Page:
USCG LEDET, USS Gary Target Drug Smuggling Operations
U.S. Coast Guard Law Enforcement Detachment Team (LEDET) 101 embarked and integrated with Sailors on the Oliver Hazard Perry-class guided-missile frigate USS Gary (FFG 51) for training and anti-drug smuggling operations off the California coast, Aug. 26 – 29.
“We are currently supporting counter-smuggling operations by providing law enforcement capabilities to Third Fleet Navy platforms in known drug and migrant transit corridors,” said Coast Guard Chief Maritime Enforcement Specialist Chris Sinclair, officer-in-charge of LEDET 101, assigned to Pacific Tactical Law Enforcement Team (TACLET) San Diego.
The U.S. Navy and Coast Guard team participated in joint training evolutions including communications troubleshooting and small boat operations.
During small boat operations, Gary Sailors manned and lowered a rigid hull inflatable boat (RHIB) alongside the ship. There, members of the LEDET embarked the RHIB, where they performed communication checks and evasive maneuvers.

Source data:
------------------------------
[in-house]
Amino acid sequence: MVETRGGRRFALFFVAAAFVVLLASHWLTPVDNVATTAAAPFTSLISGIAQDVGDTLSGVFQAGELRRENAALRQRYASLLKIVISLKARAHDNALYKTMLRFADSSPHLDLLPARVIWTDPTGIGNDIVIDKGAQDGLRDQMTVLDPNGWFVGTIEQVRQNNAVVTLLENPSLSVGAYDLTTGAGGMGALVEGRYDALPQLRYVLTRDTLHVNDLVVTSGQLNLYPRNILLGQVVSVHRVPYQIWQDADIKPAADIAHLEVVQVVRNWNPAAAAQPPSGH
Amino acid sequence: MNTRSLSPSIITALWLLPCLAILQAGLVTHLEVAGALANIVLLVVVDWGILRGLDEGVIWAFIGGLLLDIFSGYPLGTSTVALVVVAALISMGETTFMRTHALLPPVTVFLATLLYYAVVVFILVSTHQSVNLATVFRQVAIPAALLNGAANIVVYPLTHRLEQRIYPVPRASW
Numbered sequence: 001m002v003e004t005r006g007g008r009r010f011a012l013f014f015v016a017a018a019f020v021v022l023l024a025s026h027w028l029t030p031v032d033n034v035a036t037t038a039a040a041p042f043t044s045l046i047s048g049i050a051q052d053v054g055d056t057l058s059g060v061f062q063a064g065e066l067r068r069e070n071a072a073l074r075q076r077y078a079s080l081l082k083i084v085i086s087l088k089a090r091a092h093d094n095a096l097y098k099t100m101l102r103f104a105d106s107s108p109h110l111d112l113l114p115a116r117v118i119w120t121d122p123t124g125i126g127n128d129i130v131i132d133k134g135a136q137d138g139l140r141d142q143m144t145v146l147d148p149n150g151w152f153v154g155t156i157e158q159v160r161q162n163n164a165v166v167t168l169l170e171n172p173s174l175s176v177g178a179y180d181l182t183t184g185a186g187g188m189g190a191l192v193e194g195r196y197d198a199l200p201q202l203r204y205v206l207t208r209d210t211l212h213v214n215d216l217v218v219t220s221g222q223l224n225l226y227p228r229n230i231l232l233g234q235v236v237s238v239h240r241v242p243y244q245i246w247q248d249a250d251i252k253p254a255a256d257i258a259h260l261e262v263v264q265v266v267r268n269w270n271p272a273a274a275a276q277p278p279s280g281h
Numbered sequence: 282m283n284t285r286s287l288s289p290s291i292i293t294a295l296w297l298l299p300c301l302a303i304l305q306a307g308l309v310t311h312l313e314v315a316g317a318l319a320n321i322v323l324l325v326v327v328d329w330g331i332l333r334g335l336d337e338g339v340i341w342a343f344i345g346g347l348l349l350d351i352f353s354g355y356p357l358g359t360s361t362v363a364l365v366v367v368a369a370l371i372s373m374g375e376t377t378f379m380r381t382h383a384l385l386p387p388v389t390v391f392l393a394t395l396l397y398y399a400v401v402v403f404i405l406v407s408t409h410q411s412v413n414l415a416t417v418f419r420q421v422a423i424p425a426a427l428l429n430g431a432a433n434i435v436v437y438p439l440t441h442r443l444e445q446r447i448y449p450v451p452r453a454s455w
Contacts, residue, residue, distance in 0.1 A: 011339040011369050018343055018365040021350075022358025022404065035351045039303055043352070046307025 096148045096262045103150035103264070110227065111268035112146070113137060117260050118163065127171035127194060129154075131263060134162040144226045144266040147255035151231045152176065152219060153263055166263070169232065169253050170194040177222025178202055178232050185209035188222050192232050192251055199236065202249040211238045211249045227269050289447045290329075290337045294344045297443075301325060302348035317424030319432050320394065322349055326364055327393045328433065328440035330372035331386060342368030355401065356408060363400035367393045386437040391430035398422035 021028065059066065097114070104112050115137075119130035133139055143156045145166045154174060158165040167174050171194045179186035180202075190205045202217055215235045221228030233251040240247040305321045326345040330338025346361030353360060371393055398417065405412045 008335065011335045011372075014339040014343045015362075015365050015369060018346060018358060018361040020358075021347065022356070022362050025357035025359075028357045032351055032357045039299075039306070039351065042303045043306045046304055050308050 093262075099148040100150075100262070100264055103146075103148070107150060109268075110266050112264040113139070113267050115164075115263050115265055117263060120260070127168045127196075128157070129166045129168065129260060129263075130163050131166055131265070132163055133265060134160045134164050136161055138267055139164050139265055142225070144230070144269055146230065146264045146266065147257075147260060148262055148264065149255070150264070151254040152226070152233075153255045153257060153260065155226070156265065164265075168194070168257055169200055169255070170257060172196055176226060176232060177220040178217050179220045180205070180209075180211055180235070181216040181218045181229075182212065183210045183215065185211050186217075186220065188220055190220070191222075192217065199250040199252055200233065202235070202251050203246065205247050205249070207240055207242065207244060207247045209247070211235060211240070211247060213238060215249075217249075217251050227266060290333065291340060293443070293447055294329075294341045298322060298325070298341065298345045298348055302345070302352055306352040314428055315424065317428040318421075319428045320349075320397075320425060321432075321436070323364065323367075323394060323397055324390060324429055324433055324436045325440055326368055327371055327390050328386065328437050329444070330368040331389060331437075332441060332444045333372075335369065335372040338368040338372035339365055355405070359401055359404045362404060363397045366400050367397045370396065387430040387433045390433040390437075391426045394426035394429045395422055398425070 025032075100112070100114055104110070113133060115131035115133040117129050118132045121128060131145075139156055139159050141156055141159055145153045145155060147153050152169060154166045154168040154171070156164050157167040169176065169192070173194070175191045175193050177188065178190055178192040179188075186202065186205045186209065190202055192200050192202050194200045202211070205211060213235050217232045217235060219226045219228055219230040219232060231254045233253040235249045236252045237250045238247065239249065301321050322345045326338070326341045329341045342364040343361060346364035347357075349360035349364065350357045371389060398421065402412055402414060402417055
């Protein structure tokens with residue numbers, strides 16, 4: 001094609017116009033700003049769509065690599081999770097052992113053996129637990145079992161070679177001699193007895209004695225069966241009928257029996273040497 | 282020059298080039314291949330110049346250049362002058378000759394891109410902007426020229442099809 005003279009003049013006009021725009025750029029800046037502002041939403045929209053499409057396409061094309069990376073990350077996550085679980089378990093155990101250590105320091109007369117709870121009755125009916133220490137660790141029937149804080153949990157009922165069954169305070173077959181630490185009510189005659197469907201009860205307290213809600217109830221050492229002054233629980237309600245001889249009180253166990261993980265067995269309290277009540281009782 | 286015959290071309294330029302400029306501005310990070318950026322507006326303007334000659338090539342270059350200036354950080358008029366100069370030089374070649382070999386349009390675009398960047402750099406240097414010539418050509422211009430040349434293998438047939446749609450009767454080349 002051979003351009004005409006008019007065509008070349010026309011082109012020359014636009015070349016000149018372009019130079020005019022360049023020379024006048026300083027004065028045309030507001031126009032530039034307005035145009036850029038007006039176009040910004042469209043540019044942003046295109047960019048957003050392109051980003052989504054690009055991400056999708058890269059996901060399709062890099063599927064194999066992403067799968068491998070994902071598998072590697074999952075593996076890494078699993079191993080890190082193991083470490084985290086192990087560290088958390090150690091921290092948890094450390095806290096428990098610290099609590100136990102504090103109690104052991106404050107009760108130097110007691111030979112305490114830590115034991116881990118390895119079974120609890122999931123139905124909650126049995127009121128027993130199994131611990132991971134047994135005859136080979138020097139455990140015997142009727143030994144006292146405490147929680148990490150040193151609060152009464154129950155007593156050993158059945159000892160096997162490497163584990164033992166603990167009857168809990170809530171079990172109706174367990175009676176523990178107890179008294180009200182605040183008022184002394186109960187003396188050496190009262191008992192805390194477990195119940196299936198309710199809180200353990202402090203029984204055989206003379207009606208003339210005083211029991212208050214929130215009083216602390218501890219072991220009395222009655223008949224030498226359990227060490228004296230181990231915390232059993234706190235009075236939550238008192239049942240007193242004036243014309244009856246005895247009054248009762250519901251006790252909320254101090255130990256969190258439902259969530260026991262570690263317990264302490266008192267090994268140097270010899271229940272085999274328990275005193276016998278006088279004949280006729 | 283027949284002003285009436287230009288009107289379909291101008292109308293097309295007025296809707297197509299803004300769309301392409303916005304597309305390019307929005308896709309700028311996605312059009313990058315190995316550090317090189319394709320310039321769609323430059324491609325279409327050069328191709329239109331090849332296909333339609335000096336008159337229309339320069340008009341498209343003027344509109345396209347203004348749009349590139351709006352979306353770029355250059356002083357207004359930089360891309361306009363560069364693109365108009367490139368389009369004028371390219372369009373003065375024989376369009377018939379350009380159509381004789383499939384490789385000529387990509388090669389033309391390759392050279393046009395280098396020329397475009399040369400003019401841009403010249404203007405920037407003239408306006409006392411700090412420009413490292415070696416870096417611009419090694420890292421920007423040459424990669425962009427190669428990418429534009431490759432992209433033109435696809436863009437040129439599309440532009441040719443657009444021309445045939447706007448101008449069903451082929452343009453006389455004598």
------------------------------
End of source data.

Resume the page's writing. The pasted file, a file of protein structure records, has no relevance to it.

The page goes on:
“Our evolutions went great,” said Boatswain’s Mate 3rd Class Isaac Abakah. “There were no problems integrating deck department personnel with the [Coast Guardsmen].”
The current underway aboard Gary is not the first operation where a LEDET has embarked a 3rd Fleet ship.
“In June, the Coast Guard came out to the Gary to participate in integrated training with our visit, board, search and seizure (VBSS) team,” said Lt. Cmdr. Bob Jones, executive officer of Gary. “The training and integration between both branches was successful.”
The deployment of LEDETs on naval vessels has become more and more prevalent in recent decades.
“We do integrated training as often as we can,” said Sinclair. “I have been on three frigates and the USNS Joint High Speed Vessel Swift performing anti-piracy and anti-drug trafficking missions.”
TACLETS are designed to be able to conduct a variety of joint missions to safeguard the public by enforcing U.S. laws across a full spectrum of maritime response situations in support of Coast Guard, National Security and law enforcement operations.
According to Sinclair, federal law requires a LEDET to embark Navy ships when participating in a law enforcement role. The Navy vessel, then, becomes a Coast Guard asset once law enforcement operations take place.
“[The Coast Guardsmen] are experts in law enforcement,” said Jones. “We coordinated beneficial training, and we will continue our proficiency in working with the U.S. Coast Guard and Third Fleet assets.”
Joint interagency and international relationships strengthen U.S. 3rd Fleet’s ability to respond to crises and protect the collective maritime interests of the U.S. and its allies and partners.
Press Release, September 4, 2013; Image: Navy